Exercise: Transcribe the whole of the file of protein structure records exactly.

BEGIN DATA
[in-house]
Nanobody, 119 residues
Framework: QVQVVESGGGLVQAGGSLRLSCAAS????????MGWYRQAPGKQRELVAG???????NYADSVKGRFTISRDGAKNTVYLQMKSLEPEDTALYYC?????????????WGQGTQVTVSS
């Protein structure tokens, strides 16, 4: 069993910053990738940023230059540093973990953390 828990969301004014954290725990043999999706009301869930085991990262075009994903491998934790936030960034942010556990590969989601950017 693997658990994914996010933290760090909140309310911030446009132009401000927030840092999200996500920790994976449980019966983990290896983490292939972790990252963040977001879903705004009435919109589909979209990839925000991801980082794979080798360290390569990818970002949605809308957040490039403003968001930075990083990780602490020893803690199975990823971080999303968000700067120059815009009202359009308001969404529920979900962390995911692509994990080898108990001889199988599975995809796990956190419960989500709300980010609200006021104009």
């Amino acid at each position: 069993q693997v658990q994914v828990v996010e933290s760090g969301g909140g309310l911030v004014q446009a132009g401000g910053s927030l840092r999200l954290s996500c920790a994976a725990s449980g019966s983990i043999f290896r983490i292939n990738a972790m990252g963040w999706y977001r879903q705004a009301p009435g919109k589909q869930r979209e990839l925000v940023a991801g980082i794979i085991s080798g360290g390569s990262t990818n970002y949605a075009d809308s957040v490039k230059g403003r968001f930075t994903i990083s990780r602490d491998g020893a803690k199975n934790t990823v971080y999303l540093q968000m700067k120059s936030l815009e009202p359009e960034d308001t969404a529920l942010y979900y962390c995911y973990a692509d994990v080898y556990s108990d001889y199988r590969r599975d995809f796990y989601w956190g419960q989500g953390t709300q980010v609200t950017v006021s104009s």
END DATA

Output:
[in-house]
Nanobody, 119 residues
Framework: QVQVVESGGGLVQAGGSLRLSCAAS????????MGWYRQAPGKQRELVAG???????NYADSVKGRFTISRDGAKNTVYLQMKSLEPEDTALYYC?????????????WGQGTQVTVSS
């Protein structure tokens, strides 16, 4: 069993910053990738940023230059540093973990953390 828990969301004014954290725990043999999706009301869930085991990262075009994903491998934790936030960034942010556990590969989601950017 693997658990994914996010933290760090909140309310911030446009132009401000927030840092999200996500920790994976449980019966983990290896983490292939972790990252963040977001879903705004009435919109589909979209990839925000991801980082794979080798360290390569990818970002949605809308957040490039403003968001930075990083990780602490020893803690199975990823971080999303968000700067120059815009009202359009308001969404529920979900962390995911692509994990080898108990001889199988599975995809796990956190419960989500709300980010609200006021104009």
């Amino acid at each position: 069993q693997v658990q994914v828990v996010e933290s760090g969301g909140g309310l911030v004014q446009a132009g401000g910053s927030l840092r999200l954290s996500c920790a994976a725990s449980g019966s983990i043999f290896r983490i292939n990738a972790m990252g963040w999706y977001r879903q705004a009301p009435g919109k589909q869930r979209e990839l925000v940023a991801g980082i794979i085991s080798g360290g390569s990262t990818n970002y949605a075009d809308s957040v490039k230059g403003r968001f930075t994903i990083s990780r602490d491998g020893a803690k199975n934790t990823v971080y999303l540093q968000m700067k120059s936030l815009e009202p359009e960034d308001t969404a529920l942010y979900y962390c995911y973990a692509d994990v080898y556990s108990d001889y199988r590969r599975d995809f796990y989601w956190g419960q989500g953390t709300q980010v609200t950017v006021s104009s």